CITES regulates, Not Enforces
Formed in 1960, the Convention on International Trade in Endangered Species (CITES) is an international agreement between governments. Its goal is to ensure that international trade does not threaten the survival of plants and wildlife. Every year the convention meets and individual governments can propose whether a species should be listed or delisted on any of the Conventions 3 appendices.
- Appendix 1: endangered, can't trade it, no way, no how unless for scientific testing and without a note from God.
- Appendix 2: current trade practices and volumes will cause the species to become endangered unless regulation is brought to bear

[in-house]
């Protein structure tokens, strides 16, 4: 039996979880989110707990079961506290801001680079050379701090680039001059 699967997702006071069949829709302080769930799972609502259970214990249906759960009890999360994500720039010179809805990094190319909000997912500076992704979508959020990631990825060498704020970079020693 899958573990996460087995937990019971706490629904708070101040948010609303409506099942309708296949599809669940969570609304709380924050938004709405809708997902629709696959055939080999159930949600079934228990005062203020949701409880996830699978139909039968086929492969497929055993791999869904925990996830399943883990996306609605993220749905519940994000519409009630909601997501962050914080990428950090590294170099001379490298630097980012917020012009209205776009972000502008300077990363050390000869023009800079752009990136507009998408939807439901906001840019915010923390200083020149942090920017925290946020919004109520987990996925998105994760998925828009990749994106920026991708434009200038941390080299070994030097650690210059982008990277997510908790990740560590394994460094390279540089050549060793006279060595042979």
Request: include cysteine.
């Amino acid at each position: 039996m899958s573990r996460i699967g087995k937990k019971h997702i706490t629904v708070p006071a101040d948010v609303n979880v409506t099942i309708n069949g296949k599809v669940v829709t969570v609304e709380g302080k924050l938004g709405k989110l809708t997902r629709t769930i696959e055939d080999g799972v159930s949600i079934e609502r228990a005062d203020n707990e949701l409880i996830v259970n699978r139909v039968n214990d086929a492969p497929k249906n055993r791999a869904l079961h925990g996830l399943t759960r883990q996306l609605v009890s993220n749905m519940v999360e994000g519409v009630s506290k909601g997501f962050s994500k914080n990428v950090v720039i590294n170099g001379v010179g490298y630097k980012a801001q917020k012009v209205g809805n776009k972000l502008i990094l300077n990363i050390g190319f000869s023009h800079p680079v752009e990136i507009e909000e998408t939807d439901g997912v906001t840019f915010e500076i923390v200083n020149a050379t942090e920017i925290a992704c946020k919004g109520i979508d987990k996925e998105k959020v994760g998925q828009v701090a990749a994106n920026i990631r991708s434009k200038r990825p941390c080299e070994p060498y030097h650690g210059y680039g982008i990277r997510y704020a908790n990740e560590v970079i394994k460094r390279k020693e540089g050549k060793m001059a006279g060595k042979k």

- Appendix 3: same as 2 but more locally focused on a specific region.
The above appendices can come with global or regional export quotas and a variety of regulations to slow the usage of the particular species. This does not mean that a species is illegal at all but rather that specific export permits must be obtained to trade in that species. The paper trail is real and if you are using a CITES listed species it should be easily tracked where it came from and who exported it. In most cases it should be stated that a CITES species is NOT endangered (unless it is Appendix 1). Rather CITES species are in danger of becoming endangered unless we do something about it. In other words it is a proactive body that helps to prevent species from falling into major crises that may not be recoverable.
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